Crypto Derivatives: On Misleading Measurements

Crypto Derivatives: On Misleading Measurements
Data is useful. It enables us to simplify complex concepts into easy-to-visualize numbers, especially when we can apply shapes and colors and transform them into charts that tell a story. Such as this one, comparing the size of the crypto derivatives market to that of the spot market: The story is that crypto derivatives are booming, which points to increasing market sophistication and liquidity.Crypto Derivatives Yet even data with the best intentions can be confusing and misleading. Derivative volumes are almost always expressed in notional terms – in the chart above, we are not comparing like with like. Notional volume represents the market value of the underlying asset to which the derivative contract gives exposure. It does not indicate how much was paid up front for the contract; it shows how much of an asset the derivative theoretically represents. This is one of the main advantages of trading crypto derivatives vs the underlying asset: you can get exposure to a much greater amount that what you put in. Spot market volumes, however, show how much was actually paid for the underlying assets. Leverage and credit in spot purchases are offered by a handful of venues, but it is not yet an established feature (few exchanges have the requisite balance sheets). So, when comparing spot volumes to notional derivative volumes, we are comparing theoretical exposure to actual exposure. You’re starting to see the problem?

Future tense

But what’s the big deal? Doesn’t theoretical exposure represent actual exposure? No, it doesn’t. First, most crypto futures in the market today are cash-settled. They involve a promise to pay a stipulated price on a specified date, but no actual crypto assets are involved in the transaction. The exposure is financial, not “real,” and comparing these instruments to actual transactions in an asset is misleading. Second, even with physically delivered contracts, most traders do not hang on to their positions until maturity. It is relatively easy for options holders to either sell their contract or let it expire without exercising, and even physical futures holders are likely to offset their positions before expiry to lock in gains or stem losses. Third, notional volumes include a lot of double counting. When a futures trader decides to close her position, she will buy or sell an offsetting contract. Her position now nets to zero, but the notional includes the underlying exposure from her two contracts. Fourth, comparing derivatives volumes to spot volumes is comparing the future to the present. Derivatives are bets on the future; the state of the spot market is a statement about present value. Comparing different time frames is meaningless. Of course there is much more future than present. And fifth, notional volume does not give a reliable measure for overall risk exposure. It is an accounting construct that lumps together derivatives with a wide range of maturities; short-term has arguably much less risk than longer-term. Furthermore, the statistic often includes various types of derivatives, with different exposure characteristics. A futures contract implies the obligation to buy bitcoin at a later date; the exposure is in the future. Options, on the other hand, give the holder the right to buy, but not the obligation; the actual exposure is in the up-front payment.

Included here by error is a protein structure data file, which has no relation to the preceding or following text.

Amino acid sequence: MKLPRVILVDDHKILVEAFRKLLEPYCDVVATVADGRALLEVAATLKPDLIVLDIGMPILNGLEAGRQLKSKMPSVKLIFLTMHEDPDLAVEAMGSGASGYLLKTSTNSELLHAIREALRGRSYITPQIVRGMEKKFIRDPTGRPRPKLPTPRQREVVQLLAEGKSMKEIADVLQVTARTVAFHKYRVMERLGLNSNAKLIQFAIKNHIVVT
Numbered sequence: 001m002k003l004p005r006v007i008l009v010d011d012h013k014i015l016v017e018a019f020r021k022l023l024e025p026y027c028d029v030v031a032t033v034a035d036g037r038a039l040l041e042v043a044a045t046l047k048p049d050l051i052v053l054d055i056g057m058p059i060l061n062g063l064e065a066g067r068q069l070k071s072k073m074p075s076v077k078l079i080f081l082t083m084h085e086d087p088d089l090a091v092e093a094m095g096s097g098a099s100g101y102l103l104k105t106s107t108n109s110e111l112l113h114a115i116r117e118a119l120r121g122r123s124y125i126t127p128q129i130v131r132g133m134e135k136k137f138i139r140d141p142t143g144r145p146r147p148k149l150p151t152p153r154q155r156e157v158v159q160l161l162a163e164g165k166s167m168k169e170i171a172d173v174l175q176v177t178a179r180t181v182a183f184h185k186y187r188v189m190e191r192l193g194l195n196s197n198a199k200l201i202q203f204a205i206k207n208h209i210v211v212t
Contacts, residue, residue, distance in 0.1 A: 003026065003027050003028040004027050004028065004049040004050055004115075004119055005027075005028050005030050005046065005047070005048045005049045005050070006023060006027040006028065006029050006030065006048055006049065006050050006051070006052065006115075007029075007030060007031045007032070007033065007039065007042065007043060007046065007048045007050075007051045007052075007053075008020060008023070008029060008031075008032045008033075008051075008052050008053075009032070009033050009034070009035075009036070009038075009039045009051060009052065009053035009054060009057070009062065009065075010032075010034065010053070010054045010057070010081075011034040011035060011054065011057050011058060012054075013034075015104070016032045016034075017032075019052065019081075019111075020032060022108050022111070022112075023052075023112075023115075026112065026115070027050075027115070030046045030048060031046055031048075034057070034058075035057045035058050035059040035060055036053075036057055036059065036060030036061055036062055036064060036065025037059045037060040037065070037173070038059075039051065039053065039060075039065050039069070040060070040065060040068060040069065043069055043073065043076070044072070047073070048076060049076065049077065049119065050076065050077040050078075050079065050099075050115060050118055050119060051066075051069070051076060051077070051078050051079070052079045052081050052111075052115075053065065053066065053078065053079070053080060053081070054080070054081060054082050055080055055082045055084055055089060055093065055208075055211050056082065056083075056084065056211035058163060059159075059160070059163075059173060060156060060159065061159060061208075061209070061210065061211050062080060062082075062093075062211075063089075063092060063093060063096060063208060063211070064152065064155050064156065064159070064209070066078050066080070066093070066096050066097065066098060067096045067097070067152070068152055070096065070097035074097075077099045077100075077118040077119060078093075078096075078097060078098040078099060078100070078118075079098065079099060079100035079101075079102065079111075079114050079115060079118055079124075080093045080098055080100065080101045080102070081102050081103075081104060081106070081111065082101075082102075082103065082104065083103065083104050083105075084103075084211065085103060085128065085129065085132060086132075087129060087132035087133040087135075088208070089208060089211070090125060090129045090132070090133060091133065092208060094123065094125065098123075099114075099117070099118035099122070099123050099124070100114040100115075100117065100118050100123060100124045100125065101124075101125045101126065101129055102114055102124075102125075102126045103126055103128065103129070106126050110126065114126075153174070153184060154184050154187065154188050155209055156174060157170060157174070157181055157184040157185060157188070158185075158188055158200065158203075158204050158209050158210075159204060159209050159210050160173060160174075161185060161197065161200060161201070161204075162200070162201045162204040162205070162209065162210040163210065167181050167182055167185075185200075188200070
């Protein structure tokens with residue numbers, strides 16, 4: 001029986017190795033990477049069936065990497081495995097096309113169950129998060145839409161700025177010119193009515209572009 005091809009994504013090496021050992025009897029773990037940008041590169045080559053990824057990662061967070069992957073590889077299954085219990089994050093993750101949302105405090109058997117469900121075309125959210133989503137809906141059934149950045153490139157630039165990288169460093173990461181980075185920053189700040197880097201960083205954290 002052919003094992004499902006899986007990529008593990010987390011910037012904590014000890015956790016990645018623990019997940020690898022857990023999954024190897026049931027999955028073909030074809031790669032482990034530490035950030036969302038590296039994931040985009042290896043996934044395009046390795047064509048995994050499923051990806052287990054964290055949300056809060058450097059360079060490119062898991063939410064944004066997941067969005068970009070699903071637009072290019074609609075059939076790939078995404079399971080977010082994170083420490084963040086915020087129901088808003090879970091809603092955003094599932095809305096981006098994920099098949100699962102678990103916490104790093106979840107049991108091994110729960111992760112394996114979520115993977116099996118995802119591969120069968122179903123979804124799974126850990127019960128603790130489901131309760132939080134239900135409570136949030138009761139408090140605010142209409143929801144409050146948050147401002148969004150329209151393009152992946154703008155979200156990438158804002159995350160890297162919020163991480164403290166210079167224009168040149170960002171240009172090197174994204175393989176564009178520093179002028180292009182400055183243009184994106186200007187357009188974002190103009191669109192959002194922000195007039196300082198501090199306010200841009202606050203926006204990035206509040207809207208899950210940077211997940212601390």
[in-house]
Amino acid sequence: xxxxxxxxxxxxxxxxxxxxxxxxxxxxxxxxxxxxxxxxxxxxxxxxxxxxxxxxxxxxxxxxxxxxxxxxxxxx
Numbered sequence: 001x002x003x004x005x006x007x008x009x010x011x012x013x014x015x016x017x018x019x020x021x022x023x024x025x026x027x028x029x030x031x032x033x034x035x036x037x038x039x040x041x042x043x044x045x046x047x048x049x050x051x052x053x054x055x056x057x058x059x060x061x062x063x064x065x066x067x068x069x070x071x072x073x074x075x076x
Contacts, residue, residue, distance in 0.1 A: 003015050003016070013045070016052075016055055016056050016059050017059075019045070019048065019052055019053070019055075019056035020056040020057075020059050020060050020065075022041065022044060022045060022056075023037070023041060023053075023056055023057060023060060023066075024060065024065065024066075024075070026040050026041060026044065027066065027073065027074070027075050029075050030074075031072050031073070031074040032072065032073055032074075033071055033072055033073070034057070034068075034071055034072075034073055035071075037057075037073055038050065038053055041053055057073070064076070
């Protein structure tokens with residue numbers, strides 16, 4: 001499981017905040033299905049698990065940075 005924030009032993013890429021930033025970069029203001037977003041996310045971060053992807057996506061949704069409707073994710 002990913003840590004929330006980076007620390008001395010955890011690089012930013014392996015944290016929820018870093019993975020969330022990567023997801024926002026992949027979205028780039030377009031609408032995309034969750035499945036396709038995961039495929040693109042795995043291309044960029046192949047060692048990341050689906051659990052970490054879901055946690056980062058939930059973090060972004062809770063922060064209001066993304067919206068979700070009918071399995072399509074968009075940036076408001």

Options open

So, what is the solution? Unfortunately, there isn’t an obvious one in sight. The “notional” debate is not a problem specific to crypto markets. Former CFTC Chairman Chris Giancarlo has often spoken about the dangers of relying on notional volumes to form policy, and the CFTC has started looking at alternative calculations. The task is mammoth, though. In fragmented markets, collating information gathered with uniform standards is tough. This is compounded by the varying margin rules across an asset, and even within an exchange. Throw in the growing use of credit on top of leverage (where the exchange lends you the money for the initial margin), and the actual exposure gets buried even deeper. What’s more, as credit seeps into the spot markets, the situation will get even more confusing. Some exchanges offer investors the chance to buy bitcoin with a loan, a practice that is likely to grow – in spite of the business risk – since it is an attractive feature for users. Whether this counts as actual exposure or leveraged exposure depends on the rules of the exchange, as well as on your philosophical interpretation of what debt actually is. While this would be beneficial to trading volumes (who doesn’t want more upside exposure for the same outlay?), it will obfuscate even further the actual state of the markets. Regulators will struggle to understand where risk might be accumulating, and the lack of insight could lead to poor policy decisions. This is ironic, for an asset that promises enhanced transparency compared to traditional alternatives.